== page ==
Those who are taking higher than usual doses would have a medical defence available to them if the medication has been personally prescribed to them, they have taken the medication in accordance with prescribing instructions, and they have adhered to any restrictions concerning the length of time that they are required to refrain from driving after taking their medication (Basically following medical advice).
We would advise those taking higher than average doses of relevant medicines carry with them evidence of the prescribing instructions given to them by their health care professional. This will speed up investigations into their medical defence.
Users of prescription medication should also consult their GP if they are considering taking over-the-counter medication to supplement their prescription to find out whether the additional medicine could put them over the limit.
Failing to provide a specimen of breath/blood
This offence also carries a mandatory disqualification from driving for a minimum of 12 months.
When a person is in the police station and fails to give a sample of breath or blood this can make matters more serious in terms of sentencing. Where there is deliberate refusal and obvious evidence of intoxication the driver can face a period in prison for this offence.
It is critical then, that if you are charged with this offence, you contact our Solicitors in Wrexham as soon as possible.
Careless driving & dangerous driving
Our solicitors can also assist you in preparing and conducting trials for careless or dangerous driving.
Whereas careless driving tends to be dealt with by way of a fine and penalty points, dangerous driving is a much more serious charge.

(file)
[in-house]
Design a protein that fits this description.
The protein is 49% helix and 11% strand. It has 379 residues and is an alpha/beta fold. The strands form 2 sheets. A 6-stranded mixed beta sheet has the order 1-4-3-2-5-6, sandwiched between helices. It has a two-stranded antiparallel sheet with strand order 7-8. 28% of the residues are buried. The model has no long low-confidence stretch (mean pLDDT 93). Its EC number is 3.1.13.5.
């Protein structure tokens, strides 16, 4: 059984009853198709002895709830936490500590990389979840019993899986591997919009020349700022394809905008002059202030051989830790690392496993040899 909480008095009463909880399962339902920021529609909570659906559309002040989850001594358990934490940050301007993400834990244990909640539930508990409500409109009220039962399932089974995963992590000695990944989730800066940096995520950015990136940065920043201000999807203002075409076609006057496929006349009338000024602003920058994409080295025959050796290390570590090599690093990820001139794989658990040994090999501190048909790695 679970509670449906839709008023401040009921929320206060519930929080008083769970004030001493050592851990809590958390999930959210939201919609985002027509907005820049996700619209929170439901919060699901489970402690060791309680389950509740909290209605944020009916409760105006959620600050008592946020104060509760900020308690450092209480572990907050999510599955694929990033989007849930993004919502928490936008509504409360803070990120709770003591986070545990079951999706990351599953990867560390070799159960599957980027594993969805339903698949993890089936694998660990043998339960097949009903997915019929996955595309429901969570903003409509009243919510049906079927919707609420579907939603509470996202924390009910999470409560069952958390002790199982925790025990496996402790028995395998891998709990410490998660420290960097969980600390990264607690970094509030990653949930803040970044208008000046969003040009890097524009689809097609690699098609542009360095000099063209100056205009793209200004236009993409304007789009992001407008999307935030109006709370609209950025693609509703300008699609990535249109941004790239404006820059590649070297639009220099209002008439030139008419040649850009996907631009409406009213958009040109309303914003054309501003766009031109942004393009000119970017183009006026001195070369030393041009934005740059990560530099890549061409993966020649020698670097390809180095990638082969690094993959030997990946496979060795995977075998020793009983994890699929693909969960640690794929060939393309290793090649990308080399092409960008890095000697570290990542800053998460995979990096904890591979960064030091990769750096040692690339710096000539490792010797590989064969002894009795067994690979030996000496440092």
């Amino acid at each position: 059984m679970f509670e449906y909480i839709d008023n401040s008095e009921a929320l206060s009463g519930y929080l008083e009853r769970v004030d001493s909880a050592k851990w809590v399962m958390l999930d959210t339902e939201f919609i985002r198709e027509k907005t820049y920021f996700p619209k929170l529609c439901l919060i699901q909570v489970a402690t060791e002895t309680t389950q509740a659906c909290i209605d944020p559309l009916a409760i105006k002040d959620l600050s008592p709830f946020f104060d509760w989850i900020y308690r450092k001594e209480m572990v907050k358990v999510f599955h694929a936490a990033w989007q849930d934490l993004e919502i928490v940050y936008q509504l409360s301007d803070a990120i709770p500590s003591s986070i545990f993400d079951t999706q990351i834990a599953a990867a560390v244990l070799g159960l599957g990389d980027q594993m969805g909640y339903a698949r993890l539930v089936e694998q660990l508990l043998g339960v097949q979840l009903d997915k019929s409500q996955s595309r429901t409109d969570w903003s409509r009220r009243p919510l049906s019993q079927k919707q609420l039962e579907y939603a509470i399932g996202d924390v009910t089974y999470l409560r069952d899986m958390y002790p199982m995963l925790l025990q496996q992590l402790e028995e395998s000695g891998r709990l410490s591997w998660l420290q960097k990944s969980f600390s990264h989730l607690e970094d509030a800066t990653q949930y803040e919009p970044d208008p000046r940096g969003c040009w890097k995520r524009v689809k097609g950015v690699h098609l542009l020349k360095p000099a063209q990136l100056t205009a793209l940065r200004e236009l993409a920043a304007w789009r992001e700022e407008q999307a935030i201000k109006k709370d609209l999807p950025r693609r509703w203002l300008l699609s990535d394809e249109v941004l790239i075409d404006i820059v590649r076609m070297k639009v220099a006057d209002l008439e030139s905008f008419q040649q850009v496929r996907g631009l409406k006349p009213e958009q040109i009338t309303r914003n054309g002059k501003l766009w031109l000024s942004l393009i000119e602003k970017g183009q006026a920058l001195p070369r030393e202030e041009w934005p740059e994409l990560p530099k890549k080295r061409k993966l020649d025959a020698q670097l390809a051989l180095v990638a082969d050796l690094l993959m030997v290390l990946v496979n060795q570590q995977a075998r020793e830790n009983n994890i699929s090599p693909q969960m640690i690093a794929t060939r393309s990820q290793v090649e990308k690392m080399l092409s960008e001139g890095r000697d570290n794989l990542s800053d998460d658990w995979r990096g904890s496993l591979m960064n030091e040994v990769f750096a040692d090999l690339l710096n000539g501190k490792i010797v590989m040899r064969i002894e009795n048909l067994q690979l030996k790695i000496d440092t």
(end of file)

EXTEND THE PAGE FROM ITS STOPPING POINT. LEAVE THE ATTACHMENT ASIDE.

Careless driving is simply not driving to the standard of the reasonable and careful driver. This term ‘reasonable and careful’ when adapted to the circumstances often requires detailed discussion and advice as to whether the driving involved falls below this standard.
Our Solicitors in Wrexham and Mold will use their expertise and experience in dealing with these matters to advise you fully on whether to contest any charges for this offence.
Dangerous Driving, is driving which falls way below the standard of the reasonable and careful driver. This offence can be serious and there is the threat of prison if in a public area. We would advise that you contact our Solicitors in Wrexham as soon as possible if you are charged with this offence.
Driving whilst you are disqualified is in effect ignoring a court order and is dealt with very severely because of this. If you are charged with this offence, we would advise that you contact our solicitors in Wrexham as soon as possible.
Fail to stop/report an accident
If you are involved in a road traffic collision of any kind, you have a duty to stop and exchange details or report the incident to the Police. This is to ensure that people do not shy away from their responsibilities if damage is caused in these collisions.
You can actually face a fine and penalty points on your licence (usually 6pp) if you do not stop or report an accident.
If serious damage was caused or there is evidence of bad driving, this offence actually carries a threat of prison. For this reason alone we advise that people contact our Solicitors in Wrexham for all cases of failing to stop/report.
Driving without Insurance/Driving without a licence/Speeding
Our Solicitors in Wrexham can assist you in these matters by preparing your case for trial when we advise you have a defence to the charge, or in providing the court with detailed mitigation on your behalf to reduce the potential penalty.
We have an in-house expert in taxi licencing in our offices in Wrexham, who can assist in all matters ranging from Operator licence issues to driver investigations or appeals. Please contact our Solicitors in Wrexham if you have a case on this nature you wish to discuss.